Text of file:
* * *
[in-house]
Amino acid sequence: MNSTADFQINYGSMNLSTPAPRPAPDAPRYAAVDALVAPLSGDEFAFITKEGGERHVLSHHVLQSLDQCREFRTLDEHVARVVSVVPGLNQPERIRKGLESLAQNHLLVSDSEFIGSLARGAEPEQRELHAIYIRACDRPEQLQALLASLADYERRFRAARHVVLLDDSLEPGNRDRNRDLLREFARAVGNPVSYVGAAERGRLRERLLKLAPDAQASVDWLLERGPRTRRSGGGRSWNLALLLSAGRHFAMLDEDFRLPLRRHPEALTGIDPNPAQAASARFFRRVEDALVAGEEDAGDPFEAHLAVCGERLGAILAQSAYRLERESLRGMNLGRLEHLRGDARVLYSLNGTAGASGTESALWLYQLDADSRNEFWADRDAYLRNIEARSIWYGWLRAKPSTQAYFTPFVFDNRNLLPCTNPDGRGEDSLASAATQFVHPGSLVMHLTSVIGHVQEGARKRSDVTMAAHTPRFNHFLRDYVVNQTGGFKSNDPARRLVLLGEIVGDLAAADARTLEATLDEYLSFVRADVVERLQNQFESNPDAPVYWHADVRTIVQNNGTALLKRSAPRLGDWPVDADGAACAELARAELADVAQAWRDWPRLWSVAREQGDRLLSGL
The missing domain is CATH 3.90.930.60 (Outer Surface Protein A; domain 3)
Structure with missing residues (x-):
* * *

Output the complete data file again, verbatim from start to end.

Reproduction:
[in-house]
Amino acid sequence: MNSTADFQINYGSMNLSTPAPRPAPDAPRYAAVDALVAPLSGDEFAFITKEGGERHVLSHHVLQSLDQCREFRTLDEHVARVVSVVPGLNQPERIRKGLESLAQNHLLVSDSEFIGSLARGAEPEQRELHAIYIRACDRPEQLQALLASLADYERRFRAARHVVLLDDSLEPGNRDRNRDLLREFARAVGNPVSYVGAAERGRLRERLLKLAPDAQASVDWLLERGPRTRRSGGGRSWNLALLLSAGRHFAMLDEDFRLPLRRHPEALTGIDPNPAQAASARFFRRVEDALVAGEEDAGDPFEAHLAVCGERLGAILAQSAYRLERESLRGMNLGRLEHLRGDARVLYSLNGTAGASGTESALWLYQLDADSRNEFWADRDAYLRNIEARSIWYGWLRAKPSTQAYFTPFVFDNRNLLPCTNPDGRGEDSLASAATQFVHPGSLVMHLTSVIGHVQEGARKRSDVTMAAHTPRFNHFLRDYVVNQTGGFKSNDPARRLVLLGEIVGDLAAADARTLEATLDEYLSFVRADVVERLQNQFESNPDAPVYWHADVRTIVQNNGTALLKRSAPRLGDWPVDADGAACAELARAELADVAQAWRDWPRLWSVAREQGDRLLSGL
The missing domain is CATH 3.90.930.60 (Outer Surface Protein A; domain 3)
Structure with missing residues (x-):